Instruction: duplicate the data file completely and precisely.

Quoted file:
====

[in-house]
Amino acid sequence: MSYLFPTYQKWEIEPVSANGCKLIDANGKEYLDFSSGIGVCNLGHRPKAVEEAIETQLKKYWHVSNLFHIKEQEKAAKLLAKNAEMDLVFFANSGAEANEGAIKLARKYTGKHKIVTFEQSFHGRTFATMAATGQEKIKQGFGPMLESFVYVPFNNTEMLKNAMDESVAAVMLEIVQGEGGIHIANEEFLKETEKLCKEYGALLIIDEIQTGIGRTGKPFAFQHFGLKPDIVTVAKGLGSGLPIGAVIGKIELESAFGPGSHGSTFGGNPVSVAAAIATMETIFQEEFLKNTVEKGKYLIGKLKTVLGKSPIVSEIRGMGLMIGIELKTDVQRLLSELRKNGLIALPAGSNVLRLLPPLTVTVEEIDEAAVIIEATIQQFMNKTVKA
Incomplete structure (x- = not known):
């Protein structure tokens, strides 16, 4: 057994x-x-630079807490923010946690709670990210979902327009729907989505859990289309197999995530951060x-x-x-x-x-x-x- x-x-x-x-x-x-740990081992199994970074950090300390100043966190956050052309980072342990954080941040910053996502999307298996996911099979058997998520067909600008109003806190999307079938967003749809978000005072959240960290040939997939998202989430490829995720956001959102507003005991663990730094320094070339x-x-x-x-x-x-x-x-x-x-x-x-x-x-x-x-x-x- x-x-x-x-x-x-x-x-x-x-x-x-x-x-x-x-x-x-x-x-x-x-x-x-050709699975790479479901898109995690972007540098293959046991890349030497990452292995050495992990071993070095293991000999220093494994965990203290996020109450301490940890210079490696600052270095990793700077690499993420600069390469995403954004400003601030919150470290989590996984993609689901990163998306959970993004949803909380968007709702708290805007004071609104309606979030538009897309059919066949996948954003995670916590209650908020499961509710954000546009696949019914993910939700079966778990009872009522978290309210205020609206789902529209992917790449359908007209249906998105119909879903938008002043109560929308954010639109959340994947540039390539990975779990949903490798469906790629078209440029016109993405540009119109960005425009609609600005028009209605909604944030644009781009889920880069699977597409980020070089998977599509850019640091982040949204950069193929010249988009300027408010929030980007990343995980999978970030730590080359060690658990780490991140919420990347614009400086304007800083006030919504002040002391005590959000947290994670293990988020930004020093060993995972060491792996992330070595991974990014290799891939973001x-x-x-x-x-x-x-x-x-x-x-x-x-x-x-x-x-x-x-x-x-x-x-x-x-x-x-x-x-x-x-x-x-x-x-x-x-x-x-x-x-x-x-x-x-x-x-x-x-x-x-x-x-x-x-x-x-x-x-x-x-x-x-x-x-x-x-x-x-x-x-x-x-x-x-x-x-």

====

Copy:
[in-house]
Amino acid sequence: MSYLFPTYQKWEIEPVSANGCKLIDANGKEYLDFSSGIGVCNLGHRPKAVEEAIETQLKKYWHVSNLFHIKEQEKAAKLLAKNAEMDLVFFANSGAEANEGAIKLARKYTGKHKIVTFEQSFHGRTFATMAATGQEKIKQGFGPMLESFVYVPFNNTEMLKNAMDESVAAVMLEIVQGEGGIHIANEEFLKETEKLCKEYGALLIIDEIQTGIGRTGKPFAFQHFGLKPDIVTVAKGLGSGLPIGAVIGKIELESAFGPGSHGSTFGGNPVSVAAAIATMETIFQEEFLKNTVEKGKYLIGKLKTVLGKSPIVSEIRGMGLMIGIELKTDVQRLLSELRKNGLIALPAGSNVLRLLPPLTVTVEEIDEAAVIIEATIQQFMNKTVKA
Incomplete structure (x- = not known):
């Protein structure tokens, strides 16, 4: 057994x-x-630079807490923010946690709670990210979902327009729907989505859990289309197999995530951060x-x-x-x-x-x-x- x-x-x-x-x-x-740990081992199994970074950090300390100043966190956050052309980072342990954080941040910053996502999307298996996911099979058997998520067909600008109003806190999307079938967003749809978000005072959240960290040939997939998202989430490829995720956001959102507003005991663990730094320094070339x-x-x-x-x-x-x-x-x-x-x-x-x-x-x-x-x-x- x-x-x-x-x-x-x-x-x-x-x-x-x-x-x-x-x-x-x-x-x-x-x-x-050709699975790479479901898109995690972007540098293959046991890349030497990452292995050495992990071993070095293991000999220093494994965990203290996020109450301490940890210079490696600052270095990793700077690499993420600069390469995403954004400003601030919150470290989590996984993609689901990163998306959970993004949803909380968007709702708290805007004071609104309606979030538009897309059919066949996948954003995670916590209650908020499961509710954000546009696949019914993910939700079966778990009872009522978290309210205020609206789902529209992917790449359908007209249906998105119909879903938008002043109560929308954010639109959340994947540039390539990975779990949903490798469906790629078209440029016109993405540009119109960005425009609609600005028009209605909604944030644009781009889920880069699977597409980020070089998977599509850019640091982040949204950069193929010249988009300027408010929030980007990343995980999978970030730590080359060690658990780490991140919420990347614009400086304007800083006030919504002040002391005590959000947290994670293990988020930004020093060993995972060491792996992330070595991974990014290799891939973001x-x-x-x-x-x-x-x-x-x-x-x-x-x-x-x-x-x-x-x-x-x-x-x-x-x-x-x-x-x-x-x-x-x-x-x-x-x-x-x-x-x-x-x-x-x-x-x-x-x-x-x-x-x-x-x-x-x-x-x-x-x-x-x-x-x-x-x-x-x-x-x-x-x-x-x-x-």